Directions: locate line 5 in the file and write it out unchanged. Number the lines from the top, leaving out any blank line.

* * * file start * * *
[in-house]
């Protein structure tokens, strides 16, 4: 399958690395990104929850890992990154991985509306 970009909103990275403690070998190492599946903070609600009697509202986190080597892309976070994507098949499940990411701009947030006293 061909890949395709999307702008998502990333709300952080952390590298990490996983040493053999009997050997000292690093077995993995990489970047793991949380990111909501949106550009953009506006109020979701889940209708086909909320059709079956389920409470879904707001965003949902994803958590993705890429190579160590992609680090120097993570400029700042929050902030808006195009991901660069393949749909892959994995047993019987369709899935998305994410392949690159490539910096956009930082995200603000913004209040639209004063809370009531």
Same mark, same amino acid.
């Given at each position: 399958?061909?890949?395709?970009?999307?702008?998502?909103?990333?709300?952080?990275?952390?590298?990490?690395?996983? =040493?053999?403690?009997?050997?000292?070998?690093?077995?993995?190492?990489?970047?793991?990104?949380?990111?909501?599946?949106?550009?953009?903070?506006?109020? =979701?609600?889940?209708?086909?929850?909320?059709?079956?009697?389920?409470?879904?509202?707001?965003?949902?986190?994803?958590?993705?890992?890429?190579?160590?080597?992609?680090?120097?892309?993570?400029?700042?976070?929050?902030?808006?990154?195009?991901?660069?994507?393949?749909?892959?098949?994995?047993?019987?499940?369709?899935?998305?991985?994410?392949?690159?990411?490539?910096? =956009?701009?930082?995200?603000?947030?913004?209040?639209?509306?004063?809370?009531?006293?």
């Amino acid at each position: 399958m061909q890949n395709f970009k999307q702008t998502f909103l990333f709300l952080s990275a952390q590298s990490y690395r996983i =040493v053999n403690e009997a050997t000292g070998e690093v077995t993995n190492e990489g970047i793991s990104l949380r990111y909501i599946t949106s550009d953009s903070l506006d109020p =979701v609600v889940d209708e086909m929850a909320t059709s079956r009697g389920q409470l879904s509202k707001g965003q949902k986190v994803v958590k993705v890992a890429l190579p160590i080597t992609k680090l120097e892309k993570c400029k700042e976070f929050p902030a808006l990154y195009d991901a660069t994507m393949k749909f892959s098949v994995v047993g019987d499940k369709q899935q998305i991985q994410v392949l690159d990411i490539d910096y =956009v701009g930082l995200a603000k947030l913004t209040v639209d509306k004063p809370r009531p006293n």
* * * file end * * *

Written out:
């Amino acid at each position: 399958m061909q890949n395709f970009k999307q702008t998502f909103l990333f709300l952080s990275a952390q590298s990490y690395r996983i =040493v053999n403690e009997a050997t000292g070998e690093v077995t993995n190492e990489g970047i793991s990104l949380r990111y909501i599946t949106s550009d953009s903070l506006d109020p =979701v609600v889940d209708e086909m929850a909320t059709s079956r009697g389920q409470l879904s509202k707001g965003q949902k986190v994803v958590k993705v890992a890429l190579p160590i080597t992609k680090l120097e892309k993570c400029k700042e976070f929050p902030a808006l990154y195009d991901a660069t994507m393949k749909f892959s098949v994995v047993g019987d499940k369709q899935q998305i991985q994410v392949l690159d990411i490539d910096y =956009v701009g930082l995200a603000k947030l913004t209040v639209d509306k004063p809370r009531p006293n």